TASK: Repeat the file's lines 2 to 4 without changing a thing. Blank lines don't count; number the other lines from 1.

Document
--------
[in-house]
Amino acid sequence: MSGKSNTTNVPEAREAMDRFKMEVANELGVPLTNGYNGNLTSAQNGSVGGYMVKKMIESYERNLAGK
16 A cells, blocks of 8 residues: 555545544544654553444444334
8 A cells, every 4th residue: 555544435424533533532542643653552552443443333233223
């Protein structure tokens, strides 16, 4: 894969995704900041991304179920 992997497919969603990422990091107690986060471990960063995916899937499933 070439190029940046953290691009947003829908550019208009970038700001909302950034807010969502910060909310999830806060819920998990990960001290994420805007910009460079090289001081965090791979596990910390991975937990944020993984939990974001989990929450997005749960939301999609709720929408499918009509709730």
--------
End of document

Amino acid sequence: MSGKSNTTNVPEAREAMDRFKMEVANELGVPLTNGYNGNLTSAQNGSVGGYMVKKMIESYERNLAGK
16 A cells, blocks of 8 residues: 555545544544654553444444334
8 A cells, every 4th residue: 555544435424533533532542643653552552443443333233223